BUFFALO, N.Y. (WIVB) — As we get closer to winter, the Buffalo School District is proposing schools to be used as emergency shelters in weather disasters like in last year’s deadly blizzard.

But, this isn’t in Buffalo’s snow plan — so how would it actually happen?

BPS Superintendent Dr. Tonja Williams wants designated school buildings to be used as emergency warming shelters. But first, the superintendent needs to get approval from the school board to negotiate with the city on this.

In a resolution to the board of education, Williams says school buildings are required to have emergency power and strong heating and cooling systems — indicating that schools are an ideal place to operate emergency shelters.

But, before any of this happens, legal agreements would need to be reached between the city and the district and the superintendent wants approval from the board to be able to negotiate with the city. News 4 heard from one school board member who says this should’ve been done years ago.

“This is years of neglectful planning by city officials and also area government about how we can address blizzards here in the City of Buffalo and the safety of our stakeholders it should’ve been addresses in the 1970s after the great blizzard,” said Buffalo School Board member Terrance Heard.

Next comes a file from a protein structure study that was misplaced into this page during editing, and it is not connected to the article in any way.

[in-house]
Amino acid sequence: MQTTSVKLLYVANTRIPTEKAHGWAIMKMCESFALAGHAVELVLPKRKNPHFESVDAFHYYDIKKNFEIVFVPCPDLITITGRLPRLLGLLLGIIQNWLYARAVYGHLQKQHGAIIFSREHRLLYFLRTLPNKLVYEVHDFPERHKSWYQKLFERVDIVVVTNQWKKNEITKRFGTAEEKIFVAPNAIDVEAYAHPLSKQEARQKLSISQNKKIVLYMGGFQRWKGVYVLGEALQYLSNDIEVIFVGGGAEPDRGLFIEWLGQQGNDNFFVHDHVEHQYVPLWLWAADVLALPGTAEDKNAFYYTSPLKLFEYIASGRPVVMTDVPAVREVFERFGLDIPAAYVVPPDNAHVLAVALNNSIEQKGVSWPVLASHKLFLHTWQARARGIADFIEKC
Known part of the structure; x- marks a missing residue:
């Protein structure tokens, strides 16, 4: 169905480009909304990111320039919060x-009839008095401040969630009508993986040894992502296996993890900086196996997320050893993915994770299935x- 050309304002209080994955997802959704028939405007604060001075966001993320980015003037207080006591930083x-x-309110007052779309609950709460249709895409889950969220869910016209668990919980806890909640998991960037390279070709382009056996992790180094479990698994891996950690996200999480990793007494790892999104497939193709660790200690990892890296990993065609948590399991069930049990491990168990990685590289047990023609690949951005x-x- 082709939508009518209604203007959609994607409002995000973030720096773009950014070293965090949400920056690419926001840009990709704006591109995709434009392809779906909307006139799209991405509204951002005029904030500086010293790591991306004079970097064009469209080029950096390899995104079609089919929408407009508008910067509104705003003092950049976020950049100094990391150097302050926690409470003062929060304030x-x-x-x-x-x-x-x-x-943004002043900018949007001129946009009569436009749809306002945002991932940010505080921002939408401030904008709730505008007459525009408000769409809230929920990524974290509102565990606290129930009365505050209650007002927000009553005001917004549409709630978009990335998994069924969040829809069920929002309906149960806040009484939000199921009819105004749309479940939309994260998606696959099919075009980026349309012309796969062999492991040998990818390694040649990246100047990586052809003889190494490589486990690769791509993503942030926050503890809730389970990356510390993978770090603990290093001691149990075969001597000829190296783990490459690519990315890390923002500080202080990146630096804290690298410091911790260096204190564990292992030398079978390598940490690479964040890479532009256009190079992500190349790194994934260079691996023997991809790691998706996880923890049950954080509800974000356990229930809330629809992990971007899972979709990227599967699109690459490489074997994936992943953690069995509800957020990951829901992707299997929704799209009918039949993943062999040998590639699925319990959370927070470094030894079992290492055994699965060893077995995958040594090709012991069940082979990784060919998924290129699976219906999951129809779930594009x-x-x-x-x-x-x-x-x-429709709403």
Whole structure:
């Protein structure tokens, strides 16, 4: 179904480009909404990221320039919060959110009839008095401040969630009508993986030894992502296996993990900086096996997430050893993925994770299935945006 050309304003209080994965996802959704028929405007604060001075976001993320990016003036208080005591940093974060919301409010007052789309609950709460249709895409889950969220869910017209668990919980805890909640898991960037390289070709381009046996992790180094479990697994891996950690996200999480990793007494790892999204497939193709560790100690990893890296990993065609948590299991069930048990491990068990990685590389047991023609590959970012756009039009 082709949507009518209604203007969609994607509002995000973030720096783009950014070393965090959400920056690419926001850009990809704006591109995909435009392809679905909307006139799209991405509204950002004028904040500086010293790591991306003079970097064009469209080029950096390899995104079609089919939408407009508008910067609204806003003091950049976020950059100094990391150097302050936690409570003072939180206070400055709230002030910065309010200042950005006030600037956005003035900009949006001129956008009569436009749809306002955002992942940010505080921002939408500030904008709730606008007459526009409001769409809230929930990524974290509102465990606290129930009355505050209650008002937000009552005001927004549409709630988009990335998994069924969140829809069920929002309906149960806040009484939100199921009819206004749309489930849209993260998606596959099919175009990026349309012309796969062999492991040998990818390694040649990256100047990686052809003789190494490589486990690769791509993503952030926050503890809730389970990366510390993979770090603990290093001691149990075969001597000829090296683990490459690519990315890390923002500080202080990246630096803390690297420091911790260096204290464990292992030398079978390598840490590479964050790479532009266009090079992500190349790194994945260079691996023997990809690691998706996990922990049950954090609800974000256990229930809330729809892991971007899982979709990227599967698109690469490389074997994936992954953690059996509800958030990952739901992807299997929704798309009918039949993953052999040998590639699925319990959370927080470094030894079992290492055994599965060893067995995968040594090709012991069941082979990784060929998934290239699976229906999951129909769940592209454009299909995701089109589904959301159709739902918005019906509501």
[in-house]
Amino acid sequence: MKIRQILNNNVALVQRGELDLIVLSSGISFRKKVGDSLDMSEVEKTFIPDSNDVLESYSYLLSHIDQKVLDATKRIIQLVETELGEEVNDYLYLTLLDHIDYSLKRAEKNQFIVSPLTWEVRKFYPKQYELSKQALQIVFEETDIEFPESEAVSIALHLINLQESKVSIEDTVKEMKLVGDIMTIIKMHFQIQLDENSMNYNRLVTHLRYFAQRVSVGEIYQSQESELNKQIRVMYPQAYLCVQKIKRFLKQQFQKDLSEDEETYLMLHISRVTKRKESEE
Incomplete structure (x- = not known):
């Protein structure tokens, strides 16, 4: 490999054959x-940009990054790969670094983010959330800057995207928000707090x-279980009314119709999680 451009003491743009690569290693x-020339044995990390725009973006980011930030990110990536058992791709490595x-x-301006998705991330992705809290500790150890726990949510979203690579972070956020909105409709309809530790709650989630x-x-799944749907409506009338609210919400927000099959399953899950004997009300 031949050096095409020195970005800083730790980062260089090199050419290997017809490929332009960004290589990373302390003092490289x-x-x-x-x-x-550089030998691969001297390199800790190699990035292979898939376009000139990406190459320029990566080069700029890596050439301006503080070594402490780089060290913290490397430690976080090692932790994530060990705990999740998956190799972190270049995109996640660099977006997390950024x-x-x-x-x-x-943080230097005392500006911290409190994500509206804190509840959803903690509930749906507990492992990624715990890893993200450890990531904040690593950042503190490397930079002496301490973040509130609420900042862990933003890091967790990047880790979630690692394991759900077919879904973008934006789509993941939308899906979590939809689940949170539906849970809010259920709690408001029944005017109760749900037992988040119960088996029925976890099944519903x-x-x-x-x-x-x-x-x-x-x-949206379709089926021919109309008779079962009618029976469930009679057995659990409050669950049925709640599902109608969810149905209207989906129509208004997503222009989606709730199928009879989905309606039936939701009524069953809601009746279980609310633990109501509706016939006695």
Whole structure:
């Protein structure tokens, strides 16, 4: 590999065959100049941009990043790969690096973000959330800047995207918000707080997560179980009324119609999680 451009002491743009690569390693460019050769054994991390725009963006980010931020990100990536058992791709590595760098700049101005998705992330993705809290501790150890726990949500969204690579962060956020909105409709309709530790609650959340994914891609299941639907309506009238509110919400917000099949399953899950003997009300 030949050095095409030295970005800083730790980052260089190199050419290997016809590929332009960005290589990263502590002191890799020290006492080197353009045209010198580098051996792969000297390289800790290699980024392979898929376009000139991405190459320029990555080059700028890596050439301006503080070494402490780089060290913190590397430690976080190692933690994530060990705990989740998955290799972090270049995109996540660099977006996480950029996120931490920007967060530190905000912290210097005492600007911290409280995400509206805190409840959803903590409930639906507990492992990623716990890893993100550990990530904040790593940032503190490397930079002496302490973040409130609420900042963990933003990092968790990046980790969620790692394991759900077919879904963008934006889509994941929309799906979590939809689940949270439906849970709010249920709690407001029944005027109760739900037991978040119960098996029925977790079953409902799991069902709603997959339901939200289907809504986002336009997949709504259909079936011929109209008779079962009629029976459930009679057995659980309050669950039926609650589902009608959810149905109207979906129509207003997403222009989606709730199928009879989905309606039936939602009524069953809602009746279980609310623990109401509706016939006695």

If this resolution is approved, the district would also be able to negotiate with the city on figuring out whether school parking lots can be used for public parking, in an effort to help DPW crews clear streets.

Right now, the city has nine designated emergency-warming shelters in select areas. Many residents at a city council meeting last week said that is not enough. Williams plans to submit this resolution during Wednesday’s school board meeting at School 61.

Jeff Preval is an award-winning anchor and reporter who joined the News 4 team in December 2021. See more of his work here.